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Proletarian issue 41 (April 2011)
Industry matters: How the TUC 'leads' the proletariat - by the nose

The spirit of non-cooperation is certainly alive and kicking in Greece. Despite the intensifying threats of dismissal by the employers, in full cooperation with employer-led trade unionism, the most recent general strike in Greece was another major success, with the KKE-oriented popular front PAME again taking the leading role.

A speaker at a PAME rally cautioned militants that it was not just a question of kicking out PASOK and changing “the political staff of the bourgeoisie”, but a struggle for power. He warned, “If the movement lacks such an orientation the struggles are led to a deadlock, they will deflate.”

Meanwhile, in response to the austerity programme implemented by the Greek government at the behest of the IMF, workers are finding novel ways of loosening the belt. Activists wearing brightly coloured vests with “total disobedience” printed on them have staged a series of occupations of motorway toll booths, releasing commuters from the obligation to pay, whilst union militants have been covering ticket machines on the Athens tube with plastic bags so everyone can travel free.

Bus and tram passengers are getting free rides too, where public-spirited citizens have taped up the on-board ticket machines. The activists explain: “The people have paid already through their taxes, so they should be able to travel for free.”

The tactic has also spread to the health sector, with state hospital doctors staging a blockade in front of pay counters to prevent patients from paying their €5 flat fee for consultations. In Britain, where GP consortia’s budgets are now to be floated on the stock exchange so money clawed back from patient care can be turned into profits, the time is ripe for a similar outbreak of decency amongst civic-minded physicians.

Faced with the 50,000 NHS job cuts predicted by the TUC, such a spirit of non-cooperation is exactly what is needed over here.

Numerous protests and one-day strikes in Britain – involving teachers, posties, cleaners, civil servants and many others – give ample evidence of a widespread readiness to resist, given only the necessary organisation and leadership.

In the south of Korea this remains spirit alive too. Union members at Hanjin Heavy Industries and Construction are resisting plans to lay off 190 workers. Despite a cradle-to-grave diet of anti-communism from the authorities there, worker resistance is firmly embedded in the culture – the country has one of the most militant trade-union movements in the world, with a long and proud history of activism.

The company answered their strike with a lock-out. Not to be outdone, one of the strike leaders then occupied a 50-metre-tall crane on the shipyard. Despite legal injunctions and the threat of crippling fines, Kim Jin-Suk has held firm. Last reports say she was joined by two other comrades.

TUC’s futile ‘resistance’

The decision of the TUC to invite Labour leader Ed Miliband to speak on the platform at the long-awaited day of protest on 26 March was a premeditated slap in the face for the working class and should be condemned by all who are serious about building an anti-cuts resistance movement worthy of the name.

Even before the well-deserved collapse of Labour at the last elections created a vacuum in capitalist political leadership into which were sucked the ConDem mediocrities who now strut the stage, the labour aristocrats at the TUC were painting Labour in pretty colours to fool the workers. Labour’s cuts, they sighed, whilst regrettable, were largely unavoidable and in any case preferable to Tory cuts. Ditto Labour’s union-bashing, Labour’s privatisation rampage and Labour’s genocidal wars.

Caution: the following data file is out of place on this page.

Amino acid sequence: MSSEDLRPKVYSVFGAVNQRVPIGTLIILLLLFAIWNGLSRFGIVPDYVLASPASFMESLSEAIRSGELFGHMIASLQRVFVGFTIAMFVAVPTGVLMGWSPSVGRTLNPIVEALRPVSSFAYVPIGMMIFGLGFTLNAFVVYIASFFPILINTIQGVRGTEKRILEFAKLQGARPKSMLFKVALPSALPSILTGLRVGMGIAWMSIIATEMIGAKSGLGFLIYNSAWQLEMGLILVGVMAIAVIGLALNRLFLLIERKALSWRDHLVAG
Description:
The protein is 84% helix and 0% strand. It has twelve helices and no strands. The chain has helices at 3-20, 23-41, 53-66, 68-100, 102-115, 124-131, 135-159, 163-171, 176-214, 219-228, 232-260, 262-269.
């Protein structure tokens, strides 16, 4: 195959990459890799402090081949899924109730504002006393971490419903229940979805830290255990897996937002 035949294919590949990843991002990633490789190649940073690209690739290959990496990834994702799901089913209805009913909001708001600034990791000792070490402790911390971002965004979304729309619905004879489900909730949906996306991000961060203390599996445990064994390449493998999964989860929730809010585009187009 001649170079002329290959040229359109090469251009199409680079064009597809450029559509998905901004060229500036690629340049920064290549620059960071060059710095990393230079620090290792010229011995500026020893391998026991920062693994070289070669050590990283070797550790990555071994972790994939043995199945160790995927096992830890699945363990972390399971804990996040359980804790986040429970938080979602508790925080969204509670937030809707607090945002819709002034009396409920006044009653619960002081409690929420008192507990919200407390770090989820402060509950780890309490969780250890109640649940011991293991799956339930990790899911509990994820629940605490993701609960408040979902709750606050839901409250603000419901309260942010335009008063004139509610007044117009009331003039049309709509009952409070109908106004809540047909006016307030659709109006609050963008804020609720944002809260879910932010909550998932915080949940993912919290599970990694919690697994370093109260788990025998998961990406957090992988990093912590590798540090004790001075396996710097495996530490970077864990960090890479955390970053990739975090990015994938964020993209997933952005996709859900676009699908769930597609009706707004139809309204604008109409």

With Labour out of the hot seat and Gordon Brown out to grass, the party’s leadership election was the next burning question of the day for the TUC, eclipsing the ‘minor’ question of how the unions proposed to mobilise to resist the austerity juggernaut rumbling over the horizon. Despite pressure from the PCS, RMT and other unions calling for the TUC to coordinate resistance efforts, the accession of ‘Red Ed’ on a phony ‘left’ platform was greeted with a sigh of relief from the opportunists.

At last they could revert to the old formula: a moderate degree of lobbying, Early Day Motions and ritual protests against Tweedle Dum (“ConDem” cuts) to while away the time until Tweedle Dee (a new Labour government) can be elected again. Meanwhile, keep pouring members’ hard-earned subs into Labour party coffers and keep the seat warm for social democracy.

Breaking with Labour

So grossly at odds with what workers require from union leadership has the TUC shown itself to be that union militants have increasingly sought alternative ways of mobilising, notably within the National Shop Stewards Network (NSSN).

When Chancellor Osborne’s provocative ‘spending review’ last October was met with nothing more spirited from the TUC than the promise of a bit of a demo the following March, the NSSN took a lead in mobilising its own less leisurely protests, where possible in coordination with local trades councils, and gave Bob Crow and others a platform to denounce Labour’s record of treachery.

And in a significant development at its January conference, the shop stewards announced their intention to put organised labour at the heart of the anti-cuts movement, and to do so on the basis of opposition to all cuts.

These good intentions, if consistently adhered to, will set the anti-cuts movement on a very healthy and instructive collision course with the Labour party, hundreds of whose local councillors are currently implementing the so-called ‘ConDem cuts’. There is no more divisive force in the workers’ movement than the Labour party, and every step in the direction of breaking the link with Labour is a step closer to uniting workers in resistance against capitalism.

For too long Labour has got away with having its cake and eating it. Never mind that, in power, it initiates government cuts and, out of power, it implements local cuts, it still claims a leading role in the anti-cuts movement.

In just the same way, Labour sent British troops into Afghanistan and Iraq and then sent the party’s ‘left’ representatives into the anti-war movement with an offer to lead the protests! The TUC’s invitation to Miliband on 26 March will disgust all honest workers and should help convince ever more of them of the importance of breaking the link with Labour and taking the fight to the capitalists.

How the TUC ‘leads’ the proletariat – by the nose